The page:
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Dayton Legal Issues Blog

Real estate law representation: an exacting, complex realm

We spotlight relevant subject-matter points in some detail on a page of our website devoted to real estate law and transactions at the Dayton business law firm of Gottschlich & Portune, LLP.

That focus on complexity is warranted, we submit, for one central and immediate reason, namely this: the real estate realm -- that is, the universe of commercial and residential real estate considerations -- is flatly broad and, yes, complex.

Firing an employee without getting burned

You know you have put it off for too long, and your company has suffered because of it. However, if you are honest with yourself, the potential ramifications of firing this particular employee -- or maybe any employee -- make you so nervous you have been willing to endure having this person on the staff and risk the damage he or she is doing.

Whether the employee is performing poorly or dragging down company morale, there is no question that you must terminate his or her employment. The problem is that you may not be sure how to do it without an emotional – or even violent – scene. Worse, how can you fire an employee without facing a wrongful termination lawsuit?

Franchising: challenges yet great opportunity for some businesses

Perhaps you are the owner of a commercial entity commanding great public appeal across a wide dimension and with a business model that might be susceptible of replication by other astute entrepreneurs.

Or maybe it is the case that you are that smart and energetic entrepreneur, with your eye on an existing business that you believe could be quite profitable under your management.

Do I need to register for trademark protection?

Trademarks are visual symbols or words that are used to represent a company and the services or goods it offers. The U.S. Patent and Trademark Office describes a trademark as a "word, phrase, symbol, or design, or a combination thereof," that marks businesses' goods as unique to them and distinguishable from competitors.

Therefore it is of prime importance that a company protects their trademark(s). This blog is intended to offer a brief introduction to when it is necessary to register for trademark protection, and any steps that you may need to take in order to protect your trademark.

Employers' perspective: in search of a bullet-proof job application

It's just a piece of paper, right? What could be anything other than harmless regarding a straightforward set of questions asked of a prospective Ohio employee in a job application?

Actually, plenty, as is centrally implied on a page of our website at the Dayton business law firm of Gottschlich & Portune, LLP, noting that our attorneys "represent employers in claims made by employment applicants."

When a workplace accident brings a visit from OSHA

You may have taken every precaution to prevent a serious accident at your workplace. Following the guidelines in place by the Occupational Safety and Health Administration, you have posted the most recent job safety flier and routinely offer training and reviews for your employees. Each year, you submit a report to OSHA summarizing any workplace injuries or job-related illnesses, which, thankfully, have been few and minor.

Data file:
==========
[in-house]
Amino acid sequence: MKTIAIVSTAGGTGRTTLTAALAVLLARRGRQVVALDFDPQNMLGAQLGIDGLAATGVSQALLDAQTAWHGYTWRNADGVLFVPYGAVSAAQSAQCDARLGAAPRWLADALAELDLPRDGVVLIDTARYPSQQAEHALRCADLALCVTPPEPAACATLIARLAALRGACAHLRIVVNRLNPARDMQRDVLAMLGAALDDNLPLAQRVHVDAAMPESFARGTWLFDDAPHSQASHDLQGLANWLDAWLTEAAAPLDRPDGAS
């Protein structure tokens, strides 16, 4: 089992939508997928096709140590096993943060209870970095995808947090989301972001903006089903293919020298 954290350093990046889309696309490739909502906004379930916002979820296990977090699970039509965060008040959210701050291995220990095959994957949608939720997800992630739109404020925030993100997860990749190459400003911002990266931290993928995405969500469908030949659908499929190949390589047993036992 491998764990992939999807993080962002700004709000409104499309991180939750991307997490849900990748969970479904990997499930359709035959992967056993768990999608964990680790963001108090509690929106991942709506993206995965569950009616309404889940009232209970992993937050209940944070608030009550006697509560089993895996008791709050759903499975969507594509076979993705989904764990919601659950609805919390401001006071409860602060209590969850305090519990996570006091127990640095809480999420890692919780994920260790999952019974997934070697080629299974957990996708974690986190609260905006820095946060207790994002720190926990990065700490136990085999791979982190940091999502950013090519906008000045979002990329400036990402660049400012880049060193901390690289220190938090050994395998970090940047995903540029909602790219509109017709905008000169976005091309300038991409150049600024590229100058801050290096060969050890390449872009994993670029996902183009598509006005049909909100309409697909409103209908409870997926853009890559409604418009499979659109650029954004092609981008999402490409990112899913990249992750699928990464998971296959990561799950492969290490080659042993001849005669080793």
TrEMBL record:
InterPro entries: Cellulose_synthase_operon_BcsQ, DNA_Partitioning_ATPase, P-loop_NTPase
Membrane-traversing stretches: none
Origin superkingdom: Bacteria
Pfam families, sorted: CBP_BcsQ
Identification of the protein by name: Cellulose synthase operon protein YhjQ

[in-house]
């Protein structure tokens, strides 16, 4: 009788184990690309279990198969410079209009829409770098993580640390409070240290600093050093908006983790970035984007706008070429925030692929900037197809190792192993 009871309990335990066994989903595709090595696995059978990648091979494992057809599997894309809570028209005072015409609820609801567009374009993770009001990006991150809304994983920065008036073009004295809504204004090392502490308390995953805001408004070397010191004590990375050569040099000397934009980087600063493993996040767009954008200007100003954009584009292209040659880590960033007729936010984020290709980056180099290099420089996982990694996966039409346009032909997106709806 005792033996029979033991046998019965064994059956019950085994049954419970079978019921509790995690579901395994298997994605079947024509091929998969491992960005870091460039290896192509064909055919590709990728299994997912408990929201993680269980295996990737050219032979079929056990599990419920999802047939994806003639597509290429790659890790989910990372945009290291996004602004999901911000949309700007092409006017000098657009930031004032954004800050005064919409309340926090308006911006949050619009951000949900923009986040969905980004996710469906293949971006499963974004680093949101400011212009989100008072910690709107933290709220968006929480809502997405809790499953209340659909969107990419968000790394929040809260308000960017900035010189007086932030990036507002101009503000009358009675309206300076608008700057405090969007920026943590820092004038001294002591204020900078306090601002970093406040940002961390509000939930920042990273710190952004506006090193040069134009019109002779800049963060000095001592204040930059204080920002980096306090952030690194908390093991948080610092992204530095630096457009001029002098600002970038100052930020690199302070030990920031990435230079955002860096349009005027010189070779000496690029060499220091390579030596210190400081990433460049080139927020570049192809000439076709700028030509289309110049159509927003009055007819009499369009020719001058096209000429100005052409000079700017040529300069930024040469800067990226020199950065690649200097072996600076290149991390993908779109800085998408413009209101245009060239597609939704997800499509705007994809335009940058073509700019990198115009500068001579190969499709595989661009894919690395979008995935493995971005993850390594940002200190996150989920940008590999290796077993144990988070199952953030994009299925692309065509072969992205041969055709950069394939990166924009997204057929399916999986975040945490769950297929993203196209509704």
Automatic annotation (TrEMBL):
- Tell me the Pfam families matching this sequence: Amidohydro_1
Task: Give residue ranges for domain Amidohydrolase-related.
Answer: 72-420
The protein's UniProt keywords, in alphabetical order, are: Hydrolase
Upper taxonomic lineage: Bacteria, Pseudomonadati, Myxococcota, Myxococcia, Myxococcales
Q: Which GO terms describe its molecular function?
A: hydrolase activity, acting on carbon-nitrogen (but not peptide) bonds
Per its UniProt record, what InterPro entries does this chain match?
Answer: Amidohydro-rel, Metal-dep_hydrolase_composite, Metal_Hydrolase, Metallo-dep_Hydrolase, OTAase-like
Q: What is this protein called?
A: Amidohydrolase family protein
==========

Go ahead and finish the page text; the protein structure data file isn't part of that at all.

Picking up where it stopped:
However, the unthinkable has happened, and an employee has suffered a devastating or fatal injury. Not only are you and your employees distraught over the accident, but you are now facing a visit and inspection from OSHA investigators. You may have concerns about how to prepare for such an event.

Is a contractual arbitration clause bullet proof in all instances?

One lawmaker is at the forefront of debate and legislative action relevant to recommended limits on -- in fact, outright invalidation of -- arbitration clauses between consumers and financial institutions in some instances.

And, reportedly, U.S. Sen. Sherrod Brown D-Ohio) is having a hard slog of it getting any support for his bill on Capitol Hill.

Keeping the company going: focus on business succession planning

It's one thing for an entrepreneur and/or business team in Ohio or elsewhere nationally to tap creative energies and talents that result in the formation of an ongoing and thriving business.

It's quite another to ensure the successful succession of that enterprise down the road, when a major life transition looms for a business principal, such as progressively phased-out participation in key commercial matters or retirement.

Sometimes the best-laid plans can still yield estate litigation

By all indications, recently deceased entertainer Alan Thicke took his estate planning most seriously and in a clearly reflective and well-considered manner.

As court documents addressing the details of a living trust executed by the songwriter and television personality recently revealed, Thicke provided for family members in a seemingly thoughtful and most methodical way.

Separation agreements may help protect your company

Running a business comes with many responsibilities. While a number of those duties may allow you to strengthen your company and reap the benefits of your hard work, you may also have to deal with tasks that seem less enjoyable. As an employer, gaining and losing employees likely take place relatively often as your business needs change, and you may find yourself having a difficult time letting an employee go.

This type of situation can cause tension for everyone involved, especially if the employee's leaving comes about due to termination or layoff. Therefore, you may wish to consider how to protect yourself and your company while also allowing the employee to understand the dissolution of the business relationship.

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